Moving With Cats and Dogs: The 7 Mistakes You Don’t Want to Make

A home move is a sure-fire way to bring up a mix of emotions not just for humans, but cats and dogs as well. Moving introduces lots of exciting new experiences, smells, sights, and sounds. However, on the other hand, it also threatens to shake up your pet’s daily routine, take away their home comforts, and let’s be honest, some of those unfamiliar sounds can be pretty scary. 

Luckily, by avoiding these 7 common mistakes, you can make your move a positive experience for both you and your pet.

1. Letting Them Roam on Moving Day

With all your home’s belongings disappearing, people moving all about, and the door constantly opening and closing, moving day can be a recipe for a furry tripping hazard or a runaway pet. 

According to Oz Moving, it is best if your pet is out of the house or in a secure location during the move to keep the pet, the movers, and your possessions safe.

Ideas for pet accommodations on moving day include: 

  • Sending them to a friend or family for the day.
  • Booking them a day at the kennel or pet spa.
  • Putting them in a room that will get packed up last. Be sure to leave them their food, water, litterbox, toys, and bed. Dogs will also need to be let out periodically for bathroom breaks. 
  • In their crate. Best for dogs that are already crate trained. 

2. Hiding Their Carrier

Speaking of crates, just the sight of the cat carrier may make Fluffy run for the hills. But stashing it away until the day of the move isn’t helping. If you are using a crate or carrier to transport your dog or cat during the move, then give them time to get used to it. 

A few weeks before your move, try leaving your pet’s carrier out in the open where it can be explored and sniffed at their leisure. Once in a while, you can even try putting a few treats in it. This small act can help your pet associate their carrier with a positive experience.

3. Skipping the Vet Visit

Know what your pet probably dislikes more than moving? The vet. But booking one last appointment before you hit the road for a long-distance move is essential. 

During this visit, you will not only want to confirm your pet is in good physical health to travel, but you will also want to:

  • Update them on their vaccines. Even if you are simply crossing through another state, you may not be granted entry if your pet isn’t up-to-date.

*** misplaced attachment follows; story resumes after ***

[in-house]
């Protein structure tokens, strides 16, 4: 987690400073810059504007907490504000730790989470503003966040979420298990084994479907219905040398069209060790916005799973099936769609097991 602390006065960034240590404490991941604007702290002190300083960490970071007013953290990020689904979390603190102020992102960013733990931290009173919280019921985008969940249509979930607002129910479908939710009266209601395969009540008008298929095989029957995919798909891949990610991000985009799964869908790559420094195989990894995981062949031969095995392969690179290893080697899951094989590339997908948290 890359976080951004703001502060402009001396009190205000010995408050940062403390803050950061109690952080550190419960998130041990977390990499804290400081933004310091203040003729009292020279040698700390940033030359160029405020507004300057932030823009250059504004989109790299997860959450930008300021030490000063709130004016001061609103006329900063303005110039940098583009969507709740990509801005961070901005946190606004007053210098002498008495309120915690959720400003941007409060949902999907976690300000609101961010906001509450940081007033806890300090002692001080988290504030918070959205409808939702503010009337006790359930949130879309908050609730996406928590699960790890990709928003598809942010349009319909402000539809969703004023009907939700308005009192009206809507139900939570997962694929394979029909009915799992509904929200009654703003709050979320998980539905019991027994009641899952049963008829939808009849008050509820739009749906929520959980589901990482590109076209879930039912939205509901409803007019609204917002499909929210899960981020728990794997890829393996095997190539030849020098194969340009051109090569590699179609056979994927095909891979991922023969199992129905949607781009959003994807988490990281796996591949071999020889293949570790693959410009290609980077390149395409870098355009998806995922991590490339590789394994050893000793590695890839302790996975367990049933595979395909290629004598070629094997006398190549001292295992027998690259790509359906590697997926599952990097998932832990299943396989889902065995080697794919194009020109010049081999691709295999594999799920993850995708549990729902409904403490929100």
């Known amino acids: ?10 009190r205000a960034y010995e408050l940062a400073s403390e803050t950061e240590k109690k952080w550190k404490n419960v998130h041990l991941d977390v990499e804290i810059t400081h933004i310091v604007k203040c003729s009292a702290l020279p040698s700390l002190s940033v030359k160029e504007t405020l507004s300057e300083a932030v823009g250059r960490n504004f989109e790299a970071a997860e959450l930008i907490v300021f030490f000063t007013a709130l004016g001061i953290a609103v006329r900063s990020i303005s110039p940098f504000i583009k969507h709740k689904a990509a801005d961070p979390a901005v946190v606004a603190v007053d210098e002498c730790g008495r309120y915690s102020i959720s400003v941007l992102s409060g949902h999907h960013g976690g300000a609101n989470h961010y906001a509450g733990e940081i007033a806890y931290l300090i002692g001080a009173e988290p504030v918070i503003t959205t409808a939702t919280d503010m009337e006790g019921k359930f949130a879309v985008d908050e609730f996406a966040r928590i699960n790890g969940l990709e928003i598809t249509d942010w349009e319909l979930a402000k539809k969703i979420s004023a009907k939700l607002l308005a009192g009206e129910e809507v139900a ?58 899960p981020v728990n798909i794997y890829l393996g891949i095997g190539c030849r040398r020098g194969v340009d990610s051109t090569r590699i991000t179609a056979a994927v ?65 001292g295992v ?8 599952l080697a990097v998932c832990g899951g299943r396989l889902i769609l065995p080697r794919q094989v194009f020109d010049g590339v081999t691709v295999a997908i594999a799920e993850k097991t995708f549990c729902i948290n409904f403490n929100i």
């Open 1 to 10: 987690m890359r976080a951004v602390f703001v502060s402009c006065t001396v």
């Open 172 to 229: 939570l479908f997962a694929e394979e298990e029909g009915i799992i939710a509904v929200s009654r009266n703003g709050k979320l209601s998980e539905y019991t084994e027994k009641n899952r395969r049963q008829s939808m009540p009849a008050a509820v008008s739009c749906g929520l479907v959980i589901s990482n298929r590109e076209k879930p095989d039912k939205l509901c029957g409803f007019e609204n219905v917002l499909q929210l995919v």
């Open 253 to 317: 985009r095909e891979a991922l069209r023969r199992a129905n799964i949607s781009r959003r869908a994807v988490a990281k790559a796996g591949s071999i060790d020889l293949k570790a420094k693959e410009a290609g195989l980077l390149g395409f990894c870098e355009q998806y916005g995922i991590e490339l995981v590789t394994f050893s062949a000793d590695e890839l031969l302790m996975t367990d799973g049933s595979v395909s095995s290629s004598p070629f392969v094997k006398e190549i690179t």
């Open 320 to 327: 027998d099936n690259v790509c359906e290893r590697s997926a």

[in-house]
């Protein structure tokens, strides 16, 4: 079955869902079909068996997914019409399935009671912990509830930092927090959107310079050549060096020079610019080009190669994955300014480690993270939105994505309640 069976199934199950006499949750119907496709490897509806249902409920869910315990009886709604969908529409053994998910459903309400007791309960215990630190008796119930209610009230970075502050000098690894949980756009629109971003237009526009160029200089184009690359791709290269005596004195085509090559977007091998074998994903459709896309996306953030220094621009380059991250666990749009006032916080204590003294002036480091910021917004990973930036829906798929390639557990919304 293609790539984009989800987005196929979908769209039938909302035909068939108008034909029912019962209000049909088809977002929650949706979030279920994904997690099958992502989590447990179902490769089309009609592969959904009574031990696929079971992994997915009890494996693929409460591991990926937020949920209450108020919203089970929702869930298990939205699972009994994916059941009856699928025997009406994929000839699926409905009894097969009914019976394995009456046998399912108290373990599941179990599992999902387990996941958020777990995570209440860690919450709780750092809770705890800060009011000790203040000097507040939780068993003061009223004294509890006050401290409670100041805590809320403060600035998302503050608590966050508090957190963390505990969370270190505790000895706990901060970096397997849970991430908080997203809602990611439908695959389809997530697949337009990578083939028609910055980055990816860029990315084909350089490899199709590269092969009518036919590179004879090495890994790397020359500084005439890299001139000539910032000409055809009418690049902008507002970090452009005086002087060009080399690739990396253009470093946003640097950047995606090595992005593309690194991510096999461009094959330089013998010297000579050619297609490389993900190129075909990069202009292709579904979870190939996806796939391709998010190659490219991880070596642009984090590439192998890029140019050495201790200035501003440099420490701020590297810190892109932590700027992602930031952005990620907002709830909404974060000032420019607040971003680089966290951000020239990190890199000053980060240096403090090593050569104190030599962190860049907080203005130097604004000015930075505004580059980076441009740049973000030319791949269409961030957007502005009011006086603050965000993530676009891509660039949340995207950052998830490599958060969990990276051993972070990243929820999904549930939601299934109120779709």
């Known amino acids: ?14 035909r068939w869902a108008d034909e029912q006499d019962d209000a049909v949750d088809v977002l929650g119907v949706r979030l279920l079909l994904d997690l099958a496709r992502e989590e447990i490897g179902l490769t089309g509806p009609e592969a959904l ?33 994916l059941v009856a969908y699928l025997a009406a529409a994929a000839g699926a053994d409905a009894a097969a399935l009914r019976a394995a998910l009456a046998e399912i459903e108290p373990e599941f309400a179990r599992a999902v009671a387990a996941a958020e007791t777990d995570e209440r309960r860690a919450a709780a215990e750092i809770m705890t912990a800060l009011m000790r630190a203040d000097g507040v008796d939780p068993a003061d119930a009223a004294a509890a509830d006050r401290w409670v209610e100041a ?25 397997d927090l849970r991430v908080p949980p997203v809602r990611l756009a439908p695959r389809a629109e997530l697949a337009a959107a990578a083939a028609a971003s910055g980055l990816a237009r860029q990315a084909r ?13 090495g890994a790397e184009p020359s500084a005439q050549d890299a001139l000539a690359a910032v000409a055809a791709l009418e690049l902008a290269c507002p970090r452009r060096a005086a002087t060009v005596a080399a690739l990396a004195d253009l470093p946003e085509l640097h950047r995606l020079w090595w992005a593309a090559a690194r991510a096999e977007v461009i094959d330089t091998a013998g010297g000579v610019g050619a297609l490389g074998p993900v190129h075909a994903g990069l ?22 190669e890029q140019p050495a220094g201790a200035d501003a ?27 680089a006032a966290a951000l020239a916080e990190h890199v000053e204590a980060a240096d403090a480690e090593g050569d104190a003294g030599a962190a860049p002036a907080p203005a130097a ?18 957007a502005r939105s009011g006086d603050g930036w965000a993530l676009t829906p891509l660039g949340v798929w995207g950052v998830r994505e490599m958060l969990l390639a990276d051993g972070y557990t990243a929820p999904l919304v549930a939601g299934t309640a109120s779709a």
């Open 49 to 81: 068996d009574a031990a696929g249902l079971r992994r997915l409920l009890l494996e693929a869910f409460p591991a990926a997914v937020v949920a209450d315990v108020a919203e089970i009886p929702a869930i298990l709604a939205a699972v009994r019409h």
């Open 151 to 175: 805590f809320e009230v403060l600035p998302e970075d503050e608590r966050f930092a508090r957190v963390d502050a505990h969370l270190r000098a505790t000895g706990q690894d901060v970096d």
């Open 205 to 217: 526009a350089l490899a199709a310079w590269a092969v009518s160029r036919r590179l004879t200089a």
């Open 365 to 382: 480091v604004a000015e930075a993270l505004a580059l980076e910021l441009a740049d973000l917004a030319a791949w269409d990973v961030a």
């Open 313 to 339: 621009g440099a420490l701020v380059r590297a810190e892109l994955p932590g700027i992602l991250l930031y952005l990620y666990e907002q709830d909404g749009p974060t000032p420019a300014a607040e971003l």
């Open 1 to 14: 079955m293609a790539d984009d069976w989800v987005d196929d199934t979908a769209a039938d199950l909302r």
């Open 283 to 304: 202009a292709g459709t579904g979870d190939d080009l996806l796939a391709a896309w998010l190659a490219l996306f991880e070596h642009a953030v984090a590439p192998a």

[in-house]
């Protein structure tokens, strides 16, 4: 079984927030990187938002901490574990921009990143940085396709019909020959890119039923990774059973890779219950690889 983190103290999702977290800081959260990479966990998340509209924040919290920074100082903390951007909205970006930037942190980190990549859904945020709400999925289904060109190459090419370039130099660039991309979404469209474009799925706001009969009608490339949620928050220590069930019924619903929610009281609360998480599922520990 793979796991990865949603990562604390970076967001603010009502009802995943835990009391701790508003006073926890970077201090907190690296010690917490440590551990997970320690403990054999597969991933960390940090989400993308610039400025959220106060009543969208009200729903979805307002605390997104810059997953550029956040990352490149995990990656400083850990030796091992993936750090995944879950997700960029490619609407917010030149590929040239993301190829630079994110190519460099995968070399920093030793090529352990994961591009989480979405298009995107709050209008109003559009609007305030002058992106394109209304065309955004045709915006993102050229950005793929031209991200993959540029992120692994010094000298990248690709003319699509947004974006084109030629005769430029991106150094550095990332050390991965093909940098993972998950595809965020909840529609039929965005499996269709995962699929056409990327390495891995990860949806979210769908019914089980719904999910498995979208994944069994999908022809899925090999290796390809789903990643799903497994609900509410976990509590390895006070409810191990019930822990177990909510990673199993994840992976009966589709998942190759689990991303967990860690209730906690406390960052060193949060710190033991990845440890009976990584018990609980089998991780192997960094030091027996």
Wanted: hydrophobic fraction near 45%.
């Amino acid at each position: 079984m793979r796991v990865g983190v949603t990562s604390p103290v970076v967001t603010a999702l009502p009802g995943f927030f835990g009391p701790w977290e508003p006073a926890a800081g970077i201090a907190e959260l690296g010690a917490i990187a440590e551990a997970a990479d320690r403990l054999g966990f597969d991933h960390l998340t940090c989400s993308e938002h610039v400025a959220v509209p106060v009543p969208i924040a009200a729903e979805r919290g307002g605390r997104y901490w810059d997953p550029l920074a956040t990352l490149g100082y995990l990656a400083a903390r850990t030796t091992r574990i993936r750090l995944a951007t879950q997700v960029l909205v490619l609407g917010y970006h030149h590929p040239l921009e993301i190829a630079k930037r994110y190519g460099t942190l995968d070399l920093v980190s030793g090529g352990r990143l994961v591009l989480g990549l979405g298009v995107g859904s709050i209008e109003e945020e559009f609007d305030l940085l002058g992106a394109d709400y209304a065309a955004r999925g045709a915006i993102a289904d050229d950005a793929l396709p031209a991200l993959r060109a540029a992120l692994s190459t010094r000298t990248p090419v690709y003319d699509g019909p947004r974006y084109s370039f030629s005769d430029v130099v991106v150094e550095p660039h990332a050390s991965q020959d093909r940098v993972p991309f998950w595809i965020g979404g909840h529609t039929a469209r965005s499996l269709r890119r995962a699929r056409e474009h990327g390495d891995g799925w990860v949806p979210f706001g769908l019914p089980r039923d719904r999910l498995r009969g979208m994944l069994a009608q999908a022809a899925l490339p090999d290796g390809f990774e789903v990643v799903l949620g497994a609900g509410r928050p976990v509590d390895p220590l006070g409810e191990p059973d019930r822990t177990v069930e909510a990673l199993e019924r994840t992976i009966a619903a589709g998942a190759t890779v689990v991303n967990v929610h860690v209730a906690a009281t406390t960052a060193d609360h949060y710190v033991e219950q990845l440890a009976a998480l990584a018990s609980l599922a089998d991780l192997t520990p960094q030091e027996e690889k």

• Obtain a certificate of health. Needed for the same reason as above.
  • Get a copy of your pet’s medical records for the new veterinarian.
  • Discuss the move to see if any anxiety medication or travel aids are recommended. 

4. Forgetting to Update Their Info

If your pet does decide to try to run or gets lost on your journey, you want to have your bases covered. Before the move, get a new tag for their collar with their new information to swap out on moving day.

You will also want to update the information attached to their microchip if they have one. This can usually be done through the US Pet Chip Registry

5. Washing Their Belongings

A new home feels like a fresh start,  so naturally you want everything to feel fresh and clean. However, it is best if you keep your pet’s blankets and soft toys away from the washing machine—at least for a little while. Their belongings hold the familiar scents of your old home, which can go a long way in comforting them and helping to ease their anxiety during this big transition. 

Don’t worry. Once they are settled in you will be able to throw that drool covered chew toy in the wash! But leave it be for the first few weeks while settling into the new home.

6. Pushing Their Routine Aside

With all the tasks associated with moving, it is common for a pet’s routine to become less rigid. After all, juggling all the tasks that come with a move takes a lot of time and energy. 

However, during this time of change try to follow your pet’s regular routine as much as possible, especially once you are in your new home. Routine is like a security blanket to pets—it brings them a lot of comfort when they know what is coming next. 

7. Expecting Them to Adapt Instantly

There are tons of unfamiliar sights, smells, and sounds that come with a new home, so thinking your furry friends will feel at ease instantly is a little unrealistic. It takes time to adapt to their new surroundings and they will probably experience some anxiety during the first few weeks of being in their new home. Some pets certainly seem to adapt faster than others, but almost none settle in instantly. 

Want to give them a boost in the right direction? Here is what you can do.

  • Consider pheromone mimicking calming aids. You can get these in the form of a collar or diffuser. Adaptil for dogs and Feliway for cats are two popular choices. 
  • Be patient with your dog on walks. All those fire hydrants and lawns are new, and your pup will probably need to smell all of them. 
  • Create a safe space for your cat. Often it is best to place them in a single room for a couple of days with all their needs and toys when you first move in. Then open the door during the day to let them explore and gradually adjust to their new surroundings.
  • Give them lots of attention and playtime.

And finally, if we were to give one more tidbit of advice, try not to stress. We know that moving can be an overwhelming experience, but both cats and dogs are experts at picking up on emotions—that means that if you have anxiety, chances are they do, too. If you can manage to get through your move with a positive attitude, then you are your furry friends will be happily settled into your new home in no time.

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